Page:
I wondered aloud last week if the Clean Energy Jobs Act, one of Doyle's signature policy initiatives, still has a chance of being enacted this session.
Carol Gruba, a local energy wonk, believes the legislation will be passed on the last day of the session, April 22. Like everybody else I've talked to, Gruba predicts that the final draft will be quite a bit different from the original, including some concessions from legislature Democrats.
On Friday I talked to a lobbyist working on the legislation who told me that the Advanced Renewable Tariffs would definitely be out. These would allow independent producers of alternative energy, whether that's a farmer with a windmill or a co-op of people burning biomass, access to utility company's power grids. The government would pay the small producers a fixed price in return for the energy. Apparently it's worked well in other countries and Carol seems to be a big fan. Oh well.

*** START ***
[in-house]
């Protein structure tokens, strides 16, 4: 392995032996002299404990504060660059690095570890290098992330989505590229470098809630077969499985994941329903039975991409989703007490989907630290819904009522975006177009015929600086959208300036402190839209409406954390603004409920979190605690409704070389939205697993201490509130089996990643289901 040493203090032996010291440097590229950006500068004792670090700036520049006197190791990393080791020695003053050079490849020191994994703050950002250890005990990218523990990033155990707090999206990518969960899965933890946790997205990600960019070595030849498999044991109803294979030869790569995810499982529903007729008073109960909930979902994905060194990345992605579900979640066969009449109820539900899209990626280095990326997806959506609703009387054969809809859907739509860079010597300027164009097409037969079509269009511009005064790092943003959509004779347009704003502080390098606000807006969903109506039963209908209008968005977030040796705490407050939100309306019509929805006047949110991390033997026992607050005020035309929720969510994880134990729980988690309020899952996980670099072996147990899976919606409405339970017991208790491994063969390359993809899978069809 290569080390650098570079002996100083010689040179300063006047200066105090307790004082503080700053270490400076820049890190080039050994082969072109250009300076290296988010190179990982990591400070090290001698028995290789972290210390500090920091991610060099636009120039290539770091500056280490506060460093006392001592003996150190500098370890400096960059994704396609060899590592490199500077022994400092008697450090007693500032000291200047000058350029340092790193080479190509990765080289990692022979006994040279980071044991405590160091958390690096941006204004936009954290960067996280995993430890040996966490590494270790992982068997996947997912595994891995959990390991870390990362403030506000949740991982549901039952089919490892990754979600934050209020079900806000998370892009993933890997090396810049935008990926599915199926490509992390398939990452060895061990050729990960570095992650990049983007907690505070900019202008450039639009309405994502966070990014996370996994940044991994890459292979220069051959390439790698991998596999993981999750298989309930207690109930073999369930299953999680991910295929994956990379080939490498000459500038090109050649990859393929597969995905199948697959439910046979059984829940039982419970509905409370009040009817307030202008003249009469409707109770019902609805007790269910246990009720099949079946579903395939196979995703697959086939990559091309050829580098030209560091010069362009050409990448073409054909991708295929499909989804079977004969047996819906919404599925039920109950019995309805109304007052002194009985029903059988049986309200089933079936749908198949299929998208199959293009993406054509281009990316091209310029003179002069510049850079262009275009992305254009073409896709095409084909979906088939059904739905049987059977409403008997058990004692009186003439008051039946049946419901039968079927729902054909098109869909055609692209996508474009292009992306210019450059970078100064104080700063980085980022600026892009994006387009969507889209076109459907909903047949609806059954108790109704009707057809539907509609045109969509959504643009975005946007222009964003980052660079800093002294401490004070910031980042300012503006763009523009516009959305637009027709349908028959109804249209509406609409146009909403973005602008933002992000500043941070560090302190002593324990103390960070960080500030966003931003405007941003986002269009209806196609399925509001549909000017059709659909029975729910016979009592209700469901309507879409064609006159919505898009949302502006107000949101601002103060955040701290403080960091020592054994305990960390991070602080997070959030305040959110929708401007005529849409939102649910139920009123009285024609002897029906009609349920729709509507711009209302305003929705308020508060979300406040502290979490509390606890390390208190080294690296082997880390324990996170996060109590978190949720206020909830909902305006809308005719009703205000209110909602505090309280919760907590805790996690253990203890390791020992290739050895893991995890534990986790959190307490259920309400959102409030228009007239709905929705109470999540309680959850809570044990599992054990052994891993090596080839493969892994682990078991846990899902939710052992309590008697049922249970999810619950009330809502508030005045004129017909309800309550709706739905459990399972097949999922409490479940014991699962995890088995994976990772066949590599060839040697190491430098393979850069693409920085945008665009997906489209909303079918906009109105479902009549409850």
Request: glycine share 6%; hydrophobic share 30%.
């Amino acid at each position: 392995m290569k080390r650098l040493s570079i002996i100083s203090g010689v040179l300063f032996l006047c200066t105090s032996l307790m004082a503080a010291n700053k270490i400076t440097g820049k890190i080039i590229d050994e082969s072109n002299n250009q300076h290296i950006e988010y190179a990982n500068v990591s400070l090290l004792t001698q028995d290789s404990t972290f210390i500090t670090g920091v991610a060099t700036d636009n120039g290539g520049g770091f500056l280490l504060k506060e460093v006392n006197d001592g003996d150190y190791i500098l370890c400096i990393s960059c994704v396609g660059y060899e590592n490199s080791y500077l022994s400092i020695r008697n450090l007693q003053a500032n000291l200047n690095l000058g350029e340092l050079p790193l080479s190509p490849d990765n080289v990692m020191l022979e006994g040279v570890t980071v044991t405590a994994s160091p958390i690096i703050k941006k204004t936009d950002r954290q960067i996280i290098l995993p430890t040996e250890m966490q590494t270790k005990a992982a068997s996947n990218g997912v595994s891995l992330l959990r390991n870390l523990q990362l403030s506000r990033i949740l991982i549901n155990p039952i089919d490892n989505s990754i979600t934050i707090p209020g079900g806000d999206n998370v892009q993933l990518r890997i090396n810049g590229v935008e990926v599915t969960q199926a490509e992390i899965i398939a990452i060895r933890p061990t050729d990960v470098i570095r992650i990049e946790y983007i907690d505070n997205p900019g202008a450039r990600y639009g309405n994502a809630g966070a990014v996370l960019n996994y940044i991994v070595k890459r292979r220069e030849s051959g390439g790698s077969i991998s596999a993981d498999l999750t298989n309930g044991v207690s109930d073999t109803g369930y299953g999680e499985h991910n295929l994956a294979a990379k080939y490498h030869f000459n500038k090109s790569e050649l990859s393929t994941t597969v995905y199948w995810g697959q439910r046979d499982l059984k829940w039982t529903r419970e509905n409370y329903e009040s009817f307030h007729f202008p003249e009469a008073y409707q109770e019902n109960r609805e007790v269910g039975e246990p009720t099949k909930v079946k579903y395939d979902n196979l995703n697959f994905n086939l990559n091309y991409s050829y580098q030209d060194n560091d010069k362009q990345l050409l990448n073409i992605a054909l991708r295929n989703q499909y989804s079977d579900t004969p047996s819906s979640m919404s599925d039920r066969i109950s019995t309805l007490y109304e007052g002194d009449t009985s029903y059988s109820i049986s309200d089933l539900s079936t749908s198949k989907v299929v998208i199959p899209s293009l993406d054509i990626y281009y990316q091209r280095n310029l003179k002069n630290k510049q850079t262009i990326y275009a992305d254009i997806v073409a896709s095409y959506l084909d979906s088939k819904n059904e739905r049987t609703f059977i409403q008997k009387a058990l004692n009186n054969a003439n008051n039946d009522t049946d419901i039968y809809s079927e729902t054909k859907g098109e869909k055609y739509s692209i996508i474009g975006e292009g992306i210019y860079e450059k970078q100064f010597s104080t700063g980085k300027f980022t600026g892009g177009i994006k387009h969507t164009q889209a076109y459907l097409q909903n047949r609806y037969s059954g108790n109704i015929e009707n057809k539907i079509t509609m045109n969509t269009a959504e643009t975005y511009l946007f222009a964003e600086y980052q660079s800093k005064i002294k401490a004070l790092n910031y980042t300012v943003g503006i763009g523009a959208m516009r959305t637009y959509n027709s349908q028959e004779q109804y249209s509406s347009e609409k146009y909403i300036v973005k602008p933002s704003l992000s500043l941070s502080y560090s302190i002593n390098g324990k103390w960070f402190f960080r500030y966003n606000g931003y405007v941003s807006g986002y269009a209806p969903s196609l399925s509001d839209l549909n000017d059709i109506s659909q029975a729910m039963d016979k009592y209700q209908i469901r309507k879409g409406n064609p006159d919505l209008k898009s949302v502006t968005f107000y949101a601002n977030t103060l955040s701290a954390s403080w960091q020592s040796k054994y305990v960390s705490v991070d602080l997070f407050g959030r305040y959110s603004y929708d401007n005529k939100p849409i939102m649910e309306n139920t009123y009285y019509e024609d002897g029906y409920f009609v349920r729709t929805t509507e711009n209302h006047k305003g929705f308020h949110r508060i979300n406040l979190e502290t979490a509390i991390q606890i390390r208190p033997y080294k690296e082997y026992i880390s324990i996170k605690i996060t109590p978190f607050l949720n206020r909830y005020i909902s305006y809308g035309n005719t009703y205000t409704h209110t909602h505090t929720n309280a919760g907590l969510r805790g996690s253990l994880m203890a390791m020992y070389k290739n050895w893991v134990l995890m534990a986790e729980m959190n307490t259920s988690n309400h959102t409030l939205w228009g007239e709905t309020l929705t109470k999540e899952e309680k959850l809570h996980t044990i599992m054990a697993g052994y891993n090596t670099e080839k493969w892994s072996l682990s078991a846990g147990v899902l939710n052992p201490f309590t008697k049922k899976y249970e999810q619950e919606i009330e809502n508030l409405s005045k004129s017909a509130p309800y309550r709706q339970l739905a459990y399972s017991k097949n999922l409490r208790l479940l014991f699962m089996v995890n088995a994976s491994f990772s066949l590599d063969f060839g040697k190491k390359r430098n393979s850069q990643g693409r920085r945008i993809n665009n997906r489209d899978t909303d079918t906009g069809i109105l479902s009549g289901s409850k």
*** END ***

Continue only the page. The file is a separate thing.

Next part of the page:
Politically, this could be tough. The Democrats have appeared very nervous to do anything else big during an election year. However, if I am to believe the numbers released by the Mellman Group, a polling firm that usually works for Democrats, the bill might actually be good politically for the Dems. Majorities in Senate and Assembly swing districts support the Clean Energy Jobs Act after hearing a brief description of the bill. Furthermore, after hearing arguments from both sides, including a tirade against "Governor Doyle and his friends in the legislature," Democrats and Independents support the bill.
But the GOP message, as predictable as that has become, cannot be replicated by pollsters. The coverage in the media is more important, and much less easy to foresee.